Publication number Priority date Publication date Assignee Title
US20080145044A1 (en) * 2001-01-10 2008-06-19 Ip Holdings, Inc. Motion detector camera
US20050151851A1 (en) * 2001-01-10 2005-07-14 Tim Schnell Motion detector camera
US7593632B2 (en) 2001-01-10 2009-09-22 Ip Holdings, Inc. Motion detector camera
US7873266B2 (en) 2001-01-10 2011-01-18 Ip Holdings, Inc. Motion detector camera
US20100208120A1 (en) * 2001-01-10 2010-08-19 Ip Holdings, Inc. Motion detector camera
US8350915B2 (en) 2001-01-10 2013-01-08 Ip Holdings, Inc. Motion detector camera
US8254776B2 (en) 2001-01-10 2012-08-28 Ip Holdings, Inc. Motion detector camera
US20100008659A1 (en) * 2001-01-10 2010-01-14 Ip Holdings, Inc. Motion detector camera
US7710457B2 (en) * 2001-01-10 2010-05-04 Ip Holdings, Inc. Motion detector camera having a flash
US7268680B2 (en) 2003-10-06 2007-09-11 Rf Technologies, Inc. Electronic identification tag with electronic banding
US20050073419A1 (en) * 2003-10-06 2005-04-07 Rf Technologies Electronic identification tag with electronic banding
US20060125621A1 (en) * 2004-11-29 2006-06-15 Honeywell International, Inc. Motion detector wireless remote self-test
US7636039B2 (en) * 2004-11-29 2009-12-22 Honeywell International Inc. Motion detector wireless remote self-test
US20070063836A1 (en) * 2005-09-20 2007-03-22 Hayden Craig A Method and apparatus for adding wireless devices to a security system
US7576646B2 (en) 2005-09-20 2009-08-18 Robert Bosch Gmbh Method and apparatus for adding wireless devices to a security system
US8827165B2 (en) 2005-11-22 2014-09-09 Stmicroelectronics, Inc. Test mode circuitry for a programmable tamper detection circuit
US7978095B2 (en) * 2005-11-22 2011-07-12 Stmicroelectronics, Inc. Test mode circuitry for a programmable tamper detection circuit
US20110148620A1 (en) * 2005-11-22 2011-06-23 Stmicroelectronics, Inc. Test mode circuitry for a programmable tamper detection circuit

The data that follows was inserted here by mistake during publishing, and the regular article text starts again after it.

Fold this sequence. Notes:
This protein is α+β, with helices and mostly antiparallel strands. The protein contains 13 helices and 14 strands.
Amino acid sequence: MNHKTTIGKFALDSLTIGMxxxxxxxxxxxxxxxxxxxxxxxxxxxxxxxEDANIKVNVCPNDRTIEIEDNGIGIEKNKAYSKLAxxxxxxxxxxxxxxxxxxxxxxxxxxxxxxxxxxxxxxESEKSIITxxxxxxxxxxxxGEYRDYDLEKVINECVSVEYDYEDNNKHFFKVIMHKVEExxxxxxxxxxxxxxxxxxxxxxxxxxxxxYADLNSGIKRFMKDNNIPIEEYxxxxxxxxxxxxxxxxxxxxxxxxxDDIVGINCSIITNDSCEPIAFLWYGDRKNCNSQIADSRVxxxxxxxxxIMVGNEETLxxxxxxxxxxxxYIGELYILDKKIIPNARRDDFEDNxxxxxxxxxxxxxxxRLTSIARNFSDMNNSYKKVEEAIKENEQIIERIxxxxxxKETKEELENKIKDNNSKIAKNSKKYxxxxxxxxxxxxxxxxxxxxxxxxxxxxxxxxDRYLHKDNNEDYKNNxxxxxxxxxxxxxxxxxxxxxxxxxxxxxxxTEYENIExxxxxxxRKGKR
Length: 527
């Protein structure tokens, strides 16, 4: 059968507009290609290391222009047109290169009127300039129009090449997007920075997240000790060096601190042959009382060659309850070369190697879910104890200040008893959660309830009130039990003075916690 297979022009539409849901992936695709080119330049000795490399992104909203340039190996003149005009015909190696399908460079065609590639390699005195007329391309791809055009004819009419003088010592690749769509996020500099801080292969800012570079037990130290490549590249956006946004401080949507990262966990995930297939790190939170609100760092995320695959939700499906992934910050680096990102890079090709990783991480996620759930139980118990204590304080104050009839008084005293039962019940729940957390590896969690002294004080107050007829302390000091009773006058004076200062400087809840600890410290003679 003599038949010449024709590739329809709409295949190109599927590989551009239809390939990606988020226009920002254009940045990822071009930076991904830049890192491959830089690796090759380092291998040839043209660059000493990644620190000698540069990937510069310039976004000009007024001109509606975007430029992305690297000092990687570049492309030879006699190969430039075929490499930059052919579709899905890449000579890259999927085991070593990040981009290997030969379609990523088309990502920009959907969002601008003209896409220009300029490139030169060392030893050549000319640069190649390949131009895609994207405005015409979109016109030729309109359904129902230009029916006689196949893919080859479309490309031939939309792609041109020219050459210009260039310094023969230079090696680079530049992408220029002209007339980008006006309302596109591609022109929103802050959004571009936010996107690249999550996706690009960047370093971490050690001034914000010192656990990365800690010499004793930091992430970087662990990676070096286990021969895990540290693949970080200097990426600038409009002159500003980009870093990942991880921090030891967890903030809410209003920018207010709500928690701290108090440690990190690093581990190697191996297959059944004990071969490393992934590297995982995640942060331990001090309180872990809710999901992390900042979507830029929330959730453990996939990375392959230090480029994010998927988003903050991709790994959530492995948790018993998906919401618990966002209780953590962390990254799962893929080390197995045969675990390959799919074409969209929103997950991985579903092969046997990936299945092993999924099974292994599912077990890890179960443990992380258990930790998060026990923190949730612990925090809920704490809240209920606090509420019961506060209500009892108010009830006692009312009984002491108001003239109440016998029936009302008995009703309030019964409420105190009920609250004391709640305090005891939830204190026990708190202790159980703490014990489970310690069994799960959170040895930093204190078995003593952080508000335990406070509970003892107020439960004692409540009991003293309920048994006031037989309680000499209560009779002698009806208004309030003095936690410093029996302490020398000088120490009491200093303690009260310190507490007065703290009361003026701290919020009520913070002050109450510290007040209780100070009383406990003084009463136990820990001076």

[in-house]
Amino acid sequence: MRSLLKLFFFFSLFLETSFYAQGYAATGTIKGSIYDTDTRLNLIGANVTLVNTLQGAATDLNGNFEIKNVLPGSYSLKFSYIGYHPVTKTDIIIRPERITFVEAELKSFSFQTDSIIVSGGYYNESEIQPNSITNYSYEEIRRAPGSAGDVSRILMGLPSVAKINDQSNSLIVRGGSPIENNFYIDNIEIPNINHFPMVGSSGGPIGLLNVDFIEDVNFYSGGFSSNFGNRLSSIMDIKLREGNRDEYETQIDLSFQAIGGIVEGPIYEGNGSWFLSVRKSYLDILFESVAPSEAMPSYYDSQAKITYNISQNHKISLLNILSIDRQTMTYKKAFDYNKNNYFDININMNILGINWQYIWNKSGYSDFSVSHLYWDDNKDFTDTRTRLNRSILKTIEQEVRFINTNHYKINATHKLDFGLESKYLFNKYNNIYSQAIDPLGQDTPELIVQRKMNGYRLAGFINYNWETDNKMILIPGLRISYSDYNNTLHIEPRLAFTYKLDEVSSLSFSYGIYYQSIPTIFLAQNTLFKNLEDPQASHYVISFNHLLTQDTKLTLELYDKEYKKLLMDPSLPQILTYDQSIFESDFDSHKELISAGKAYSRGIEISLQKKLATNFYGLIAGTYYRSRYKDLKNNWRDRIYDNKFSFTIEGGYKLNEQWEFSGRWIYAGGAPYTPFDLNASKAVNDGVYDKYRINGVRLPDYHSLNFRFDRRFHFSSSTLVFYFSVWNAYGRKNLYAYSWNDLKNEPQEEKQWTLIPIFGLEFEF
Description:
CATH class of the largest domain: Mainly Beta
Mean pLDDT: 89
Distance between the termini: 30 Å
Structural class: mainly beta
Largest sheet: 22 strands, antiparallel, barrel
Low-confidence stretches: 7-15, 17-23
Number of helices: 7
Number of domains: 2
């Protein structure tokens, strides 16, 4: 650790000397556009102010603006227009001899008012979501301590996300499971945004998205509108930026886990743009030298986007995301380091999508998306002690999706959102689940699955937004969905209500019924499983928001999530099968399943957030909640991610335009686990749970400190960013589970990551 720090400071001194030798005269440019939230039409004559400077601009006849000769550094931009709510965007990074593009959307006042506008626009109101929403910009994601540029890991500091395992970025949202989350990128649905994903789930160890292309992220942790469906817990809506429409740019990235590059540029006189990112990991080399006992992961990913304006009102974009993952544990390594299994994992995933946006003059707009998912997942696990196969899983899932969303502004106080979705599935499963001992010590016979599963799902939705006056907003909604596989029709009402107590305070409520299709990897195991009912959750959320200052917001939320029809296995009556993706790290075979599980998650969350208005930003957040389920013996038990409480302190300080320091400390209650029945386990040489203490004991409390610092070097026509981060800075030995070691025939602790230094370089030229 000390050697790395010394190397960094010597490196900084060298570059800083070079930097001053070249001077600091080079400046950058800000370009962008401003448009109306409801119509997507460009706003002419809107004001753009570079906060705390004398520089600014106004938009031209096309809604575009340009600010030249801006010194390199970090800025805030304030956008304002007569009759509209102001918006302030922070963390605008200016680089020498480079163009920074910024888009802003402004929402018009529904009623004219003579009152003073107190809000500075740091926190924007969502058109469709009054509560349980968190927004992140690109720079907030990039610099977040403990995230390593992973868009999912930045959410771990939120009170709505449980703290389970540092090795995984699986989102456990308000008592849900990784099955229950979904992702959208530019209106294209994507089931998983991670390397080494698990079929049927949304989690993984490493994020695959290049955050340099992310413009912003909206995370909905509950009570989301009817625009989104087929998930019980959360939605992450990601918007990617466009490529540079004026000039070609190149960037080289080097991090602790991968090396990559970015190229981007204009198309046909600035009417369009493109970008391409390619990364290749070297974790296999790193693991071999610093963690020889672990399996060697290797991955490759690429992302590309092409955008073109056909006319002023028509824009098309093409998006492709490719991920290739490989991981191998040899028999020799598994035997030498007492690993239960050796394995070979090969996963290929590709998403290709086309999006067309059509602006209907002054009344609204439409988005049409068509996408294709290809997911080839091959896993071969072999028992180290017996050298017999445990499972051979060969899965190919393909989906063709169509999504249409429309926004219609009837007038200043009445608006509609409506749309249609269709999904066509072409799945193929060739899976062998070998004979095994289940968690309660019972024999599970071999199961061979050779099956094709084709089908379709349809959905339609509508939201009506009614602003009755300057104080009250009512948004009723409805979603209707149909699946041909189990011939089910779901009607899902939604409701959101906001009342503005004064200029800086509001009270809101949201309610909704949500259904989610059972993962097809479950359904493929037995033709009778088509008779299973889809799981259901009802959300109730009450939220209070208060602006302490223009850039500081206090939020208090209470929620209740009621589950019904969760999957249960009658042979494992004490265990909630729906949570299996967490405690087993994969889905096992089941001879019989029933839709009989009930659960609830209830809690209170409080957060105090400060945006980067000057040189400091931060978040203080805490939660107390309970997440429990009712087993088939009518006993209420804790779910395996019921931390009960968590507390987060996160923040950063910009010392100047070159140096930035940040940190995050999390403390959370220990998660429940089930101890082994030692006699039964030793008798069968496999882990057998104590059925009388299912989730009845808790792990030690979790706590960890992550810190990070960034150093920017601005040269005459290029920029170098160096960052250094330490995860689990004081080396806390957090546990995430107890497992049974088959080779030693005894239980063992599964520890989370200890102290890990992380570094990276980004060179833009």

US20070115122A1 (en) * 2005-11-22 2007-05-24 Stmicroelectronics, Inc. Test mode circuitry for a programmable tamper detection circuit
US8682372B2 (en) 2005-12-14 2014-03-25 Blackberry Limited Method and apparatus for user equipment directed radio resource control in a UMTS network
US20110007682A1 (en) * 2005-12-14 2011-01-13 Research In Motion Limited Method and apparatus for user equipment directed radio resource control in a umts network
US9661611B2 (en) 2005-12-14 2017-05-23 Blackberry Limited Method and apparatus for user equipment directed radio resource control in a UMTS network
US8265034B2 (en) 2006-05-17 2012-09-11 Research In Motion Limited Method and system for a signaling connection release indication
US8644829B2 (en) 2006-05-17 2014-02-04 Blackberry Limited Method and system for signaling release cause indication in a UMTS network
US20080049662A1 (en) * 2006-08-25 2008-02-28 Research In Motion Limited Apparatus, and associated method, for releasing a data-service radio resource allocated to a data-service-capable mobile node
US7796035B2 (en) * 2006-11-22 2010-09-14 Honeywell International Inc. Method for setting a programmable allowed movement time on an asset protection device
US20080117072A1 (en) * 2006-11-22 2008-05-22 Honeywell International Inc. Method for setting a programmable allowed movement time on an asset protection device
US20090124249A1 (en) * 2007-11-13 2009-05-14 Research In Motion Limited Method and apparatus for state/mode transitioning
US20090124212A1 (en) * 2007-11-13 2009-05-14 Research In Motion Limited Method and apparatus for state/mode transitioning
US9456436B2 (en) 2007-11-13 2016-09-27 Blackberry Limited Method and apparatus for state/mode transitioning
US8208950B2 (en) 2007-11-13 2012-06-26 Research In Motion Limited Method and apparatus for state/mode transitioning
US8885607B2 (en) 2007-11-13 2014-11-11 Blackberry Limited Method and apparatus for state/mode transitioning
US8243683B2 (en) 2007-11-13 2012-08-14 Research In Motion Limited Method and apparatus for state/mode transitioning
US9026153B2 (en) 2007-11-13 2015-05-05 Blackberry Limited Method and apparatus for state/mode transitioning
US9037167B2 (en) 2007-11-13 2015-05-19 Blackberry Limited Method and apparatus for state/mode transitioning
US9019877B2 (en) 2007-11-13 2015-04-28 Blackberry Limited Method and apparatus for state/mode transitioning
US20090318134A1 (en) * 2008-06-18 2009-12-24 Qualcomm Incorporated System and method of reducing factory program time for wireless devices
US8964610B2 (en) * 2008-06-18 2015-02-24 Qualcomm Incorporated System and method of reducing factory program time for wireless devices
US9125208B2 (en) 2008-11-10 2015-09-01 Blackberry Limited Method and apparatus of transition to a battery efficient state or configuration by indicating end of data transmission in long term evolution